On 2 December 2012, at the Stedelijk’s Teijin Auditorium, the character ‘Speaker’, played by a student from Werkplaats, introduced the show with the announcement: ‘Ladies and Gentleman … I am the Speaker and I shall have a few things to say, but don’t twist your heads off looking. As you can see, I’m one of yourselves and, therefore, one of the same people in this carry-on …’ The audience he addressed was seated among the other performers, each on a grid of circular black carpet samples that together mimicked the keys of a typewriter. At the fore of the stage, slides featuring typographical forms and Pieter Bruegel’s Landscape with the Fall of Icarus (c. 1590–95) were projected onto a constructed white wall that doubled as a sheet of paper feeding into the larger apparatus.
Langdon and his students delivered their lines with scripts in hand and a sort of measured clumsiness that emphasized that the centre of the production’s gravity was not a spectacle, but rather the relational networks produced by the process of the performance. The expanded cast of the play (the projector, the audience), the unpolished delivery, and the unfolding durational nature of the public rehearsals are among the various de-centralizations that illustrate Potter’s methodological investments.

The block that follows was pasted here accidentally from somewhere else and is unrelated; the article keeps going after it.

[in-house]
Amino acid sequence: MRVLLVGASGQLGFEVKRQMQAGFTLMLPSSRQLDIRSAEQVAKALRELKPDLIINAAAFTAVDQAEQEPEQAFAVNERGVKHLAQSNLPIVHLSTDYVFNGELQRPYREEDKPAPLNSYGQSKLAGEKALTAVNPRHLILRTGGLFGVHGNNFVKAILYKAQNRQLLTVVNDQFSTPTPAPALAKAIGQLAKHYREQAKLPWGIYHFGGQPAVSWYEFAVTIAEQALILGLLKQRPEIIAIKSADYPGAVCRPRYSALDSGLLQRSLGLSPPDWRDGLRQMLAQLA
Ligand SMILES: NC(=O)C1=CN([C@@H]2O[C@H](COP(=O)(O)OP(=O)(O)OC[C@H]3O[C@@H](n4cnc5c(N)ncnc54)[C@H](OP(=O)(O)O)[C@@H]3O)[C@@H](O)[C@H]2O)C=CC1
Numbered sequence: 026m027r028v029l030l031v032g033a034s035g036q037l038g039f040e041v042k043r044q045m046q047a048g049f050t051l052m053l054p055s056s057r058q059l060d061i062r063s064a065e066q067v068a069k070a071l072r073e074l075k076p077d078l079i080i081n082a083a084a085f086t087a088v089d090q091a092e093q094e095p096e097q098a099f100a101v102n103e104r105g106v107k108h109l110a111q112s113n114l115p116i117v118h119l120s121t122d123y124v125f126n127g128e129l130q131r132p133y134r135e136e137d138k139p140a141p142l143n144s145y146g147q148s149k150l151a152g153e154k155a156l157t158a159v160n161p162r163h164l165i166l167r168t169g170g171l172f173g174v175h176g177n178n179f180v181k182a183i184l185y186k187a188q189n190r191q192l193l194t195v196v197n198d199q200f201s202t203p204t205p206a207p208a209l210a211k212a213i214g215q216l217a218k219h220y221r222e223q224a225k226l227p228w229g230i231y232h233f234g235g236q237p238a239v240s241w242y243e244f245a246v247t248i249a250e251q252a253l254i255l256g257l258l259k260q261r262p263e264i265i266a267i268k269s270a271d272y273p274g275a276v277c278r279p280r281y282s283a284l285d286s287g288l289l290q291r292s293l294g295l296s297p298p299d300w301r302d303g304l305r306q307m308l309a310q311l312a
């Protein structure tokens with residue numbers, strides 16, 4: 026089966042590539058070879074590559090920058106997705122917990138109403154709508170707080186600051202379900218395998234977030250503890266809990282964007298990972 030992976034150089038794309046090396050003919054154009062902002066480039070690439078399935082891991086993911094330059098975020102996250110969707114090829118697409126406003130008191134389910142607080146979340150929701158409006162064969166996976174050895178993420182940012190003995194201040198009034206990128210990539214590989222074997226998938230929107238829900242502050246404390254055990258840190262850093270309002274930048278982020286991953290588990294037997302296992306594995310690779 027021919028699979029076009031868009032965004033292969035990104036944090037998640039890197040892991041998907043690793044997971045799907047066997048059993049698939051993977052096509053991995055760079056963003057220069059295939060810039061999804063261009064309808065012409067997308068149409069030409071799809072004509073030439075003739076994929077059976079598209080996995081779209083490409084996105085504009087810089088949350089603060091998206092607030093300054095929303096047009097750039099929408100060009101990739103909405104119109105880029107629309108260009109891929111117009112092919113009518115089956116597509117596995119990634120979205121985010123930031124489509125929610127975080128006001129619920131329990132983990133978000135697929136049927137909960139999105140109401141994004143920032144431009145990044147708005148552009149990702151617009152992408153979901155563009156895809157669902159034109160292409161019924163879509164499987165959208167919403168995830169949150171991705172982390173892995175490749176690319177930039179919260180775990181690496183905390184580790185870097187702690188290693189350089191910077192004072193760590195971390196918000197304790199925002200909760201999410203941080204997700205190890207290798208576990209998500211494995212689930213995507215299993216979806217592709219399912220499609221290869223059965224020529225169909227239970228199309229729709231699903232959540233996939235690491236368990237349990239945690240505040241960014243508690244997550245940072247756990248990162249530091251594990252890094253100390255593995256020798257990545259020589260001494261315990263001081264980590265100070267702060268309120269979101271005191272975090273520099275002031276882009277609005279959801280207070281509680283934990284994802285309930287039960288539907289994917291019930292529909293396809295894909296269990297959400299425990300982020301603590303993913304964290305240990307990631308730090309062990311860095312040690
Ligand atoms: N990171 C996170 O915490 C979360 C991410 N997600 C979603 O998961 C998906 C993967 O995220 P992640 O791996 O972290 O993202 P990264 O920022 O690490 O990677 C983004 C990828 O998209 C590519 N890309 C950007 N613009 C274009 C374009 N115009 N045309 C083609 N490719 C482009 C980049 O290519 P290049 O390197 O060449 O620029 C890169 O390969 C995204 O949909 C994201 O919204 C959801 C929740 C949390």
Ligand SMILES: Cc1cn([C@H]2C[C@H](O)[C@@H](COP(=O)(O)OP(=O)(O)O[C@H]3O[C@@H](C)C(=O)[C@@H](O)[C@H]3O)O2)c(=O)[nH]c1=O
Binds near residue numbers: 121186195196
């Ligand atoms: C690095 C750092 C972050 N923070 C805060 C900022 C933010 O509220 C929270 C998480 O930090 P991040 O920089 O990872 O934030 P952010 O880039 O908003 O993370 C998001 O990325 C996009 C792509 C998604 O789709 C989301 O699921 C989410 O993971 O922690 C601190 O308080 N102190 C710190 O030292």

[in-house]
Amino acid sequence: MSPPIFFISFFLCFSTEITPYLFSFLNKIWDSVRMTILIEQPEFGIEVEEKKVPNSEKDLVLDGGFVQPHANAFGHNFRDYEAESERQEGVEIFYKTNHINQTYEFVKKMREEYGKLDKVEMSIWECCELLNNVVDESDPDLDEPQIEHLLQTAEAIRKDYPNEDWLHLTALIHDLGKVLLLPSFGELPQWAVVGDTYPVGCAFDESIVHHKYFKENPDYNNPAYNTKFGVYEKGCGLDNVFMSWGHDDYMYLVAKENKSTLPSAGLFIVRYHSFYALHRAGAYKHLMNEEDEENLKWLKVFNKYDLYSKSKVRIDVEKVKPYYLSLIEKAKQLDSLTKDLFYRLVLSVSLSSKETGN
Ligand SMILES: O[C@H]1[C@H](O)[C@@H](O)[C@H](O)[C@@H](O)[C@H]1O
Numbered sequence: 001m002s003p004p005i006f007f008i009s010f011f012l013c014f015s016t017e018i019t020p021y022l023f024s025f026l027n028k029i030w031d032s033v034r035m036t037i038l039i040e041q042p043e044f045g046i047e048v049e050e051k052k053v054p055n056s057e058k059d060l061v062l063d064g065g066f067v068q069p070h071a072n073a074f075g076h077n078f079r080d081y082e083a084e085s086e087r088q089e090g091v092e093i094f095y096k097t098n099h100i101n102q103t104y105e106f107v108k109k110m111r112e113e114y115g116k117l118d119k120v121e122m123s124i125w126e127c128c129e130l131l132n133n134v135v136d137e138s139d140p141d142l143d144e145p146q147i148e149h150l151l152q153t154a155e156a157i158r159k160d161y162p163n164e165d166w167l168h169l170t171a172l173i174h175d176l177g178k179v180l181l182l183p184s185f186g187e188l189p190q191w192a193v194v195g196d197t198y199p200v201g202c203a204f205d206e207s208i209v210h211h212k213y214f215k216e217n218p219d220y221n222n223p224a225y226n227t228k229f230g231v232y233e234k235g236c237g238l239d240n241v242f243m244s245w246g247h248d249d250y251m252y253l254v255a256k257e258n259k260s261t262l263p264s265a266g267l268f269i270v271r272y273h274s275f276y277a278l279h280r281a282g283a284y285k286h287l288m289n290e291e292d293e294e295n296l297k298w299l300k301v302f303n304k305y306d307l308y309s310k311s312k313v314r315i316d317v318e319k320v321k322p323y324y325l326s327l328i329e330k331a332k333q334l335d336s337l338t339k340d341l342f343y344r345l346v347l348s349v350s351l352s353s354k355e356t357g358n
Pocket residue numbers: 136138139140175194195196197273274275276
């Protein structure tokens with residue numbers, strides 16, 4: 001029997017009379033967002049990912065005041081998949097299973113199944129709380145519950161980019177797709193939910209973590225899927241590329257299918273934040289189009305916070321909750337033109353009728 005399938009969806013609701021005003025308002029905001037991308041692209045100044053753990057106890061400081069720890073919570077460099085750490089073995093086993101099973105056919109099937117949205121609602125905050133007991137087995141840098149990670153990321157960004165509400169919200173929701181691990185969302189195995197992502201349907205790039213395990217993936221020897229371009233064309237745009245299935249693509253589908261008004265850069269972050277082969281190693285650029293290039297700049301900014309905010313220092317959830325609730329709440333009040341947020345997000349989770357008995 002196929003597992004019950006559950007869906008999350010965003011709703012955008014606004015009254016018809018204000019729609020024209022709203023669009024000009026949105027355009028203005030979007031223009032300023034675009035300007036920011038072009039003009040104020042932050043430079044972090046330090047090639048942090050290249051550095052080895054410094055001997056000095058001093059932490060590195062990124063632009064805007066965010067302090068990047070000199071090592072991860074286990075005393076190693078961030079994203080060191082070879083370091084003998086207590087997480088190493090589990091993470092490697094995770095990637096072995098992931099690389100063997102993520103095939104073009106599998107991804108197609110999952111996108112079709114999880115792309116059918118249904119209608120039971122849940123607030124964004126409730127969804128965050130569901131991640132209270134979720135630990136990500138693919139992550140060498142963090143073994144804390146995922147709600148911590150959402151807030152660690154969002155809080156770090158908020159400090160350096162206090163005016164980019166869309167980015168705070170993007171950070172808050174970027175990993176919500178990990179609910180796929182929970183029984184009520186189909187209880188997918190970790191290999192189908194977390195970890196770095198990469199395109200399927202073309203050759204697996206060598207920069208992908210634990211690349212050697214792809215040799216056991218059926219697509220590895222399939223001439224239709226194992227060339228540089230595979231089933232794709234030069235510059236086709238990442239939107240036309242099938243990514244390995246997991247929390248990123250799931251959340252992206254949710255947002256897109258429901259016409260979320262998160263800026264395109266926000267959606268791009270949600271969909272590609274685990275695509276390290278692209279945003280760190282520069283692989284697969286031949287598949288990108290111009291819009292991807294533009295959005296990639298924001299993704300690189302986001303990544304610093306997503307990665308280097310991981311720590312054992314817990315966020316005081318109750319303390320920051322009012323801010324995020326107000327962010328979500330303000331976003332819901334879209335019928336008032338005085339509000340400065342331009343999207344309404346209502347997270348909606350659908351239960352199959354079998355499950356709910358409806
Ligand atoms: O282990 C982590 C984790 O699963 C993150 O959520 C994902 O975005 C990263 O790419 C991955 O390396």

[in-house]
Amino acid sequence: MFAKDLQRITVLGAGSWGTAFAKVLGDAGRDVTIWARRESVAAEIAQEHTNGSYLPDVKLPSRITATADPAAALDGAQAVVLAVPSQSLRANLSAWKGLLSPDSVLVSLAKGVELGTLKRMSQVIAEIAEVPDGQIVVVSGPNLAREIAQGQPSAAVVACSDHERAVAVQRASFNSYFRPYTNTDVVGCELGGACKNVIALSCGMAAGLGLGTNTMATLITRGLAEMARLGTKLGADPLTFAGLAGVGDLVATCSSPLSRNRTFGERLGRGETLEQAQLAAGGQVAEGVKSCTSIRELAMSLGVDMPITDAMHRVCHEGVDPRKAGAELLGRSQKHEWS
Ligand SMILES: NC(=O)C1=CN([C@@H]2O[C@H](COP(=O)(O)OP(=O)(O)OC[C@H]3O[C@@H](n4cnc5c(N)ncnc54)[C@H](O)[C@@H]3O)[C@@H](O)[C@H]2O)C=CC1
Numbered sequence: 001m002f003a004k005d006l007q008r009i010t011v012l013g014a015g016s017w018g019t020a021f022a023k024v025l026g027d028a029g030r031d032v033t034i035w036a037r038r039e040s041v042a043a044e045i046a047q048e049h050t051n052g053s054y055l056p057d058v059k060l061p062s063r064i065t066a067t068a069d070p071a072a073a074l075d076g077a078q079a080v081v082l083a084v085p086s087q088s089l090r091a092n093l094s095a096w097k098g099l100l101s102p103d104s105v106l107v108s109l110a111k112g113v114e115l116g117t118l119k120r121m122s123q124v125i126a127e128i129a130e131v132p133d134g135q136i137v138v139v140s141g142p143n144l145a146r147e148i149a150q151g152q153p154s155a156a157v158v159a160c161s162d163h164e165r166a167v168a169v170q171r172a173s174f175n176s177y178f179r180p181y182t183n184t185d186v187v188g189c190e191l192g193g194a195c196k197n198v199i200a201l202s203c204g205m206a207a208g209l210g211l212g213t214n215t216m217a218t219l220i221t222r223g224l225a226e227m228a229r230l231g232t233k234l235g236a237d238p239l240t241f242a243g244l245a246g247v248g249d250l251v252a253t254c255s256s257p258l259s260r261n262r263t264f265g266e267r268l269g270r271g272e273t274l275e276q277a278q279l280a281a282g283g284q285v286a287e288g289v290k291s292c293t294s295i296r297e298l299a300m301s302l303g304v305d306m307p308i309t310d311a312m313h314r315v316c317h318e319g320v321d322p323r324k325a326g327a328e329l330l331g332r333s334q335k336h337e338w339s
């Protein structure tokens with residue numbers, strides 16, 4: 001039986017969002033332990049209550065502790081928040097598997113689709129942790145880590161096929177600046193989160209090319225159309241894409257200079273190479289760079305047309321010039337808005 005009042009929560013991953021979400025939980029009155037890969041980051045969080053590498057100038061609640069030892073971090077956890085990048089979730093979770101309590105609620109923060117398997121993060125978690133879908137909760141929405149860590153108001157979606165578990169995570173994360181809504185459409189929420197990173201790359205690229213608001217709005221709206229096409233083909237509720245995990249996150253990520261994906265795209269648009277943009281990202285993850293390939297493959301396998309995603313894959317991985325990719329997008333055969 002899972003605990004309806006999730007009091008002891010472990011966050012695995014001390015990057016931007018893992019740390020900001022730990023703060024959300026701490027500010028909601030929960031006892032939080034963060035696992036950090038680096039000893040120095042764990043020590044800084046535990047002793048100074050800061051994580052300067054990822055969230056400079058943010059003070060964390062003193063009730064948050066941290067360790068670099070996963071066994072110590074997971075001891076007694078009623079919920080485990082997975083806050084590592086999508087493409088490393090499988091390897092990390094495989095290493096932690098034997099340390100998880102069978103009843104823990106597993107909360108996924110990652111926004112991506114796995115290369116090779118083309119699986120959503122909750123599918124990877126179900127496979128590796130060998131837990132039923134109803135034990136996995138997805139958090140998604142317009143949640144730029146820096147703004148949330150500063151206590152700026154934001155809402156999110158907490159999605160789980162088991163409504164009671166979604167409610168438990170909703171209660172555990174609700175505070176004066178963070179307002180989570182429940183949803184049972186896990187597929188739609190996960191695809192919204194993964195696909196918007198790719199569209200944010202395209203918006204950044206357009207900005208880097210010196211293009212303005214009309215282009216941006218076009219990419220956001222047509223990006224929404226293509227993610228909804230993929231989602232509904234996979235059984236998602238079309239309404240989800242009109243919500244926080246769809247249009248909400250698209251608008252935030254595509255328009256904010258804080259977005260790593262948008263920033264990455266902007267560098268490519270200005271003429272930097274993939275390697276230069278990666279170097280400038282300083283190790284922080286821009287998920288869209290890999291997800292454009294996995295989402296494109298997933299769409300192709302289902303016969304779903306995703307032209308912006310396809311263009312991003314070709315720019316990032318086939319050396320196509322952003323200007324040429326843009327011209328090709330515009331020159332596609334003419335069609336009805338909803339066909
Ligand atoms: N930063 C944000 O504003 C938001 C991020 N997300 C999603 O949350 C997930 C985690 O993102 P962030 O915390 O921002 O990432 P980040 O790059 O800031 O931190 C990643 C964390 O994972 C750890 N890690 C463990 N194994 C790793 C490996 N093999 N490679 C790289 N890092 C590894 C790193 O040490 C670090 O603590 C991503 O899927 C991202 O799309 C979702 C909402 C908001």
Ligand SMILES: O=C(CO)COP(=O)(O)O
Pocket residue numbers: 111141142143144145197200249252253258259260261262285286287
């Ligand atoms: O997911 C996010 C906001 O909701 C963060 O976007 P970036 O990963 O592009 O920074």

The staging ran alongside an exhibition at the Kunstverein in Amsterdam that featured Landgon’s archival research and constructions based on Potter’s pedagogical methods by artists Daniel Hofstede and Benjamin Roth. Both are part of Langdon’s larger, unfolding project, which has manifested and will manifest in several venues, eventually culminating in a publication. In December 2012 I spoke to Langdon about Norman Potter’s legacy.